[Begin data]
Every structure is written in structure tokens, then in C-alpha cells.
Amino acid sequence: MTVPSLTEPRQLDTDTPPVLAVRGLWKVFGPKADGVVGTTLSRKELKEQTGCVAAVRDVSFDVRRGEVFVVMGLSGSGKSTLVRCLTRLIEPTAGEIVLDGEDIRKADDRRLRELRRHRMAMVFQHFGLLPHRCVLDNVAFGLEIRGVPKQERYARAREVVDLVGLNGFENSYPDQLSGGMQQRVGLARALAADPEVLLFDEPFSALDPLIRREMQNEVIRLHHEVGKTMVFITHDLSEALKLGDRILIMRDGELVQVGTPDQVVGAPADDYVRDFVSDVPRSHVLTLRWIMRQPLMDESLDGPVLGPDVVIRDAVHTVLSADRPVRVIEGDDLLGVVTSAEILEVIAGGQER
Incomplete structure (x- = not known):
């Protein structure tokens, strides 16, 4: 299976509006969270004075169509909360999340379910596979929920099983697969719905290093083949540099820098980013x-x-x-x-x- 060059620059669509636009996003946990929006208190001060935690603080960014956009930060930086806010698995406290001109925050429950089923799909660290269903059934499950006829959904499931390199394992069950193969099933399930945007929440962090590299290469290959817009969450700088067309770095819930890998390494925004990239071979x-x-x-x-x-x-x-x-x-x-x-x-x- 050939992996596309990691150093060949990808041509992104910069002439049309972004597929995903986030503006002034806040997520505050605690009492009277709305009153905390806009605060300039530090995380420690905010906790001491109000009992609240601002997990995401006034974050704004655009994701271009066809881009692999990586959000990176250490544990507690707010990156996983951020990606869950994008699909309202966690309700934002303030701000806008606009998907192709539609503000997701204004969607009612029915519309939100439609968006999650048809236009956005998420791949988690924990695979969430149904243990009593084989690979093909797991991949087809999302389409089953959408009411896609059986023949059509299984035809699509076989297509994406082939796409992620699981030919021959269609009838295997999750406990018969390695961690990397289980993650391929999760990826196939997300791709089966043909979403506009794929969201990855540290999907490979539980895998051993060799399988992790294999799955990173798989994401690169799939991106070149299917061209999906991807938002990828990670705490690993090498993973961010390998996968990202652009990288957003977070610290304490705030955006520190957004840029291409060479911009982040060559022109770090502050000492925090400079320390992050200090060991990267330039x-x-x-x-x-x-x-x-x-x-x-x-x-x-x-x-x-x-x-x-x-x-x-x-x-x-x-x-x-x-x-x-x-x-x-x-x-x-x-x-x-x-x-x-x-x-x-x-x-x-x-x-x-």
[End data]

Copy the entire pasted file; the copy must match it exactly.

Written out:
Every structure is written in structure tokens, then in C-alpha cells.
Amino acid sequence: MTVPSLTEPRQLDTDTPPVLAVRGLWKVFGPKADGVVGTTLSRKELKEQTGCVAAVRDVSFDVRRGEVFVVMGLSGSGKSTLVRCLTRLIEPTAGEIVLDGEDIRKADDRRLRELRRHRMAMVFQHFGLLPHRCVLDNVAFGLEIRGVPKQERYARAREVVDLVGLNGFENSYPDQLSGGMQQRVGLARALAADPEVLLFDEPFSALDPLIRREMQNEVIRLHHEVGKTMVFITHDLSEALKLGDRILIMRDGELVQVGTPDQVVGAPADDYVRDFVSDVPRSHVLTLRWIMRQPLMDESLDGPVLGPDVVIRDAVHTVLSADRPVRVIEGDDLLGVVTSAEILEVIAGGQER
Incomplete structure (x- = not known):
């Protein structure tokens, strides 16, 4: 299976509006969270004075169509909360999340379910596979929920099983697969719905290093083949540099820098980013x-x-x-x-x- 060059620059669509636009996003946990929006208190001060935690603080960014956009930060930086806010698995406290001109925050429950089923799909660290269903059934499950006829959904499931390199394992069950193969099933399930945007929440962090590299290469290959817009969450700088067309770095819930890998390494925004990239071979x-x-x-x-x-x-x-x-x-x-x-x-x- 050939992996596309990691150093060949990808041509992104910069002439049309972004597929995903986030503006002034806040997520505050605690009492009277709305009153905390806009605060300039530090995380420690905010906790001491109000009992609240601002997990995401006034974050704004655009994701271009066809881009692999990586959000990176250490544990507690707010990156996983951020990606869950994008699909309202966690309700934002303030701000806008606009998907192709539609503000997701204004969607009612029915519309939100439609968006999650048809236009956005998420791949988690924990695979969430149904243990009593084989690979093909797991991949087809999302389409089953959408009411896609059986023949059509299984035809699509076989297509994406082939796409992620699981030919021959269609009838295997999750406990018969390695961690990397289980993650391929999760990826196939997300791709089966043909979403506009794929969201990855540290999907490979539980895998051993060799399988992790294999799955990173798989994401690169799939991106070149299917061209999906991807938002990828990670705490690993090498993973961010390998996968990202652009990288957003977070610290304490705030955006520190957004840029291409060479911009982040060559022109770090502050000492925090400079320390992050200090060991990267330039x-x-x-x-x-x-x-x-x-x-x-x-x-x-x-x-x-x-x-x-x-x-x-x-x-x-x-x-x-x-x-x-x-x-x-x-x-x-x-x-x-x-x-x-x-x-x-x-x-x-x-x-x-």